A Plausible Method for Toughness Training?

There is no easy way around it. Compassion-istas are out and toughness will have to be in. Why? Because our time is just screaming for toughness. Too many are folding, too many caving in, far too many bowled over, snowed under, and generally overwhelmed. Trouble: weakness, softness, flimsiness. Moreover, we have no idea what sort of future we are going to face, but that future, we can be sure, will require more of us than we have given so far.

Here, then, is an interesting thought on method with regard to toughness training: to learn what toughness is, begin by gathering together physico-ethical descriptions of a tough experience. Consider, for example these parings:

  • John backs down whereas Jane stands firm.
  • Tom faces up to things whereas Terry turns away from things.
  • Mark puts his whole weight into the endeavor, yet Mary grows slack.

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Toughness Training: Four Questions

Suppose someone were to ask you, ‘Are you tough?,’ with the question situated in our historical context. He would not be asking whether you can fight someone to the death, beat someone up, endure weeks of physical torture, or climb Everest. The context would make it clear that he is asking you about a physical-mental nexus of toughness suited for our time and our life.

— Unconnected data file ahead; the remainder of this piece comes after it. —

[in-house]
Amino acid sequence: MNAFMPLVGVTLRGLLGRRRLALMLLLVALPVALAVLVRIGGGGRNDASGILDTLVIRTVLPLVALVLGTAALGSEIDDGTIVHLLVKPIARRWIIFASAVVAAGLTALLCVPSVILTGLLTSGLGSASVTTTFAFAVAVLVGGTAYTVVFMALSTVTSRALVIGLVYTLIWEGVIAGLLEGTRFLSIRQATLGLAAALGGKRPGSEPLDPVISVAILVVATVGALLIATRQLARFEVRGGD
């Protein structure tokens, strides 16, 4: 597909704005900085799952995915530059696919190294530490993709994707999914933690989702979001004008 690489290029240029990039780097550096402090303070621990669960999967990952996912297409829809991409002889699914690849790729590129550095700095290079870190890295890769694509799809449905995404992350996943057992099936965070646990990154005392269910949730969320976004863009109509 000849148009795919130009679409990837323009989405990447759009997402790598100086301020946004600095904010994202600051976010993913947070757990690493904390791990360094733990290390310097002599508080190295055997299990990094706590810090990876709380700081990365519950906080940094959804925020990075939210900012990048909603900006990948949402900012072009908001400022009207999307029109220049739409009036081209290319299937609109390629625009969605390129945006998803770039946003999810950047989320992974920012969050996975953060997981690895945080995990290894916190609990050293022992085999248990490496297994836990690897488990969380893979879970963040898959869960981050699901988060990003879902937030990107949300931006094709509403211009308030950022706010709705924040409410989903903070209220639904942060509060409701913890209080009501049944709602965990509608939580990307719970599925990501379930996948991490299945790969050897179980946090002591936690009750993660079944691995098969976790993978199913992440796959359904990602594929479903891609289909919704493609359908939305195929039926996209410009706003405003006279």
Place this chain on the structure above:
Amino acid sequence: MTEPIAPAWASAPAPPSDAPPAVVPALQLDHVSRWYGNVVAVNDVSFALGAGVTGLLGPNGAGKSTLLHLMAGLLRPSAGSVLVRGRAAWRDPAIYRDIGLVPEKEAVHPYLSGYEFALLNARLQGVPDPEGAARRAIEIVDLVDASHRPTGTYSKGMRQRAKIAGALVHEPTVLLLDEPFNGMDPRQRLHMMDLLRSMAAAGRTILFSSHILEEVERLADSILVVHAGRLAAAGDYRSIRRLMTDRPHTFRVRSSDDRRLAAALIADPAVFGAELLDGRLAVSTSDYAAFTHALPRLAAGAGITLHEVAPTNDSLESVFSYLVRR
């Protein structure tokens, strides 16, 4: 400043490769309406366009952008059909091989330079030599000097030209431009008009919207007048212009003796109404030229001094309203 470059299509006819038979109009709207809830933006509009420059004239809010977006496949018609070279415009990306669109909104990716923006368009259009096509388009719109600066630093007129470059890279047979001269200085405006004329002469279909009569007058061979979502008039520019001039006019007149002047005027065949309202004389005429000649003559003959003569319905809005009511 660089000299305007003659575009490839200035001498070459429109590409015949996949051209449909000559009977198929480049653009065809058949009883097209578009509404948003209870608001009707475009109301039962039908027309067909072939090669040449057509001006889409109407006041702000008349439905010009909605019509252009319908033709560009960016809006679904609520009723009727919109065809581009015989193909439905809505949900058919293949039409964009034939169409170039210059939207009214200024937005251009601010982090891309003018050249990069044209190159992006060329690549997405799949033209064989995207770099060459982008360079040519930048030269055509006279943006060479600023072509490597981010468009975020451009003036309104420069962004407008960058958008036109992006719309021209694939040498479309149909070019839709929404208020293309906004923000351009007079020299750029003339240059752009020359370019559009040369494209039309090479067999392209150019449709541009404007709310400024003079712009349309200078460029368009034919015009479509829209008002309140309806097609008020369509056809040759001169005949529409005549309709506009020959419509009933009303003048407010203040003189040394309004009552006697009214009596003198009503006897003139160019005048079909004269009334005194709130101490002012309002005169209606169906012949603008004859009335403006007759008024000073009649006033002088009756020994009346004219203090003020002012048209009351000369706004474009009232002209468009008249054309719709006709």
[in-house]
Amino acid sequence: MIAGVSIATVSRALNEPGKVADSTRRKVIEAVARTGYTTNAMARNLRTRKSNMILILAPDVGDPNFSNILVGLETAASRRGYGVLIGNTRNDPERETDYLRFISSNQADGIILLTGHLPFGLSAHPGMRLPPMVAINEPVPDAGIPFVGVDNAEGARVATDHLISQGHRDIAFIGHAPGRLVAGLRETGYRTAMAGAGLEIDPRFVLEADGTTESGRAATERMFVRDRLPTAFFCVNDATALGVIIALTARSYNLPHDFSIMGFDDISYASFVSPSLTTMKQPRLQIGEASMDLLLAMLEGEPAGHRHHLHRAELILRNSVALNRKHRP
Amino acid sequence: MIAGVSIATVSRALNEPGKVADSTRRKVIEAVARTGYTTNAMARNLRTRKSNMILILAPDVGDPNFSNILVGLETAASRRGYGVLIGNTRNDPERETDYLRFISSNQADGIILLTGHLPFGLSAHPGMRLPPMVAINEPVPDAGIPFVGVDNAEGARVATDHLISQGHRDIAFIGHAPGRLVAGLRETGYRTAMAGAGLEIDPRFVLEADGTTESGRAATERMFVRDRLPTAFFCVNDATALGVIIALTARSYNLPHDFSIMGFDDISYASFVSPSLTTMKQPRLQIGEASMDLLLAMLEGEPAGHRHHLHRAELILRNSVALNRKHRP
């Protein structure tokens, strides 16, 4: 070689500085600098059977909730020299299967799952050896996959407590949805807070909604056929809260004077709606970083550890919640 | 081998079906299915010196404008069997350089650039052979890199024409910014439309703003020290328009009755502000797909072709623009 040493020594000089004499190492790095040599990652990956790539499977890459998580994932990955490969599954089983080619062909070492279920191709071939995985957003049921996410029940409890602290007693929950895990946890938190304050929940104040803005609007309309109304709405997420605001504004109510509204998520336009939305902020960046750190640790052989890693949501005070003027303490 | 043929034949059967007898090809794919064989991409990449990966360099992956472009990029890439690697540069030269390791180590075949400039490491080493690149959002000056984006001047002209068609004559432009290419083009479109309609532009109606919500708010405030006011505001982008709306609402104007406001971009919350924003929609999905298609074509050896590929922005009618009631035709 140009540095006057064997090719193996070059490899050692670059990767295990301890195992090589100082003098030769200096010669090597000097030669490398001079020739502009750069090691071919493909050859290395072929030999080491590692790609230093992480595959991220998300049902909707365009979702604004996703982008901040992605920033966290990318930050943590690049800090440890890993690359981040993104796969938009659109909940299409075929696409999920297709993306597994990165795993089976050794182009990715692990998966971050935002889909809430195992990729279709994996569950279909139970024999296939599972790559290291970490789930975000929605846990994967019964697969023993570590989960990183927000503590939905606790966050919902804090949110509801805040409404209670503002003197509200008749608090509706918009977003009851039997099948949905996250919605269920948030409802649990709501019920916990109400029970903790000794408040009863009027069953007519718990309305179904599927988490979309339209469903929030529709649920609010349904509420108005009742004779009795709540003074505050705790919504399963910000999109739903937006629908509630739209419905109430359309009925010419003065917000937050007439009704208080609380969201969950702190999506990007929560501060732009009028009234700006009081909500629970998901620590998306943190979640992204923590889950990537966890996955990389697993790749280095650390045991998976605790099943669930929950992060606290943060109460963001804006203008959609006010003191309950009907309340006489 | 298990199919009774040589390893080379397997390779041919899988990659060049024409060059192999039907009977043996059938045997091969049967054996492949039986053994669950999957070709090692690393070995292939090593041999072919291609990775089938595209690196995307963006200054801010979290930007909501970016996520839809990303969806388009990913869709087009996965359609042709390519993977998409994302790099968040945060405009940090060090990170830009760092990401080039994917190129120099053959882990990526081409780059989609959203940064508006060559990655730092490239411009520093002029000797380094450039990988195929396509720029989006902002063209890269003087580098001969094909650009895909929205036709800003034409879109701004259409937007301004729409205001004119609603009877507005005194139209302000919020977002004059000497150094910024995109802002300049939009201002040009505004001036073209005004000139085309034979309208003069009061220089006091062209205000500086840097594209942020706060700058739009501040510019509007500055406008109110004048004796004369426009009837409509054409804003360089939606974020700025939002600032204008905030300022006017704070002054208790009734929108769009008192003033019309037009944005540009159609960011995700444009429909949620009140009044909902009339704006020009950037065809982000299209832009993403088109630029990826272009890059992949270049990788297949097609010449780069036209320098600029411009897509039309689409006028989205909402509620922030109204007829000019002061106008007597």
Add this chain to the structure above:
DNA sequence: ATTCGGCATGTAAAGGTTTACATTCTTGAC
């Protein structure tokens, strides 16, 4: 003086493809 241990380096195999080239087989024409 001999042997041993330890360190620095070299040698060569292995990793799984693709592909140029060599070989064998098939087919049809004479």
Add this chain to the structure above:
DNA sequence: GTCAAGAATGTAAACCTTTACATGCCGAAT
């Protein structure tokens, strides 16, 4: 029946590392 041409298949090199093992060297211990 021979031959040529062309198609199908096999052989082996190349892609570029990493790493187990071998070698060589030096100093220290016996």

He might, then, have (at least) four different senses of toughness in mind:

1.) When it comes to assignments or activities, are you someone who can take on incrementally harder and harder tasks (here I’m thinking of the Labors of Hercules) without breaking or feeling ‘overwhelmed’?

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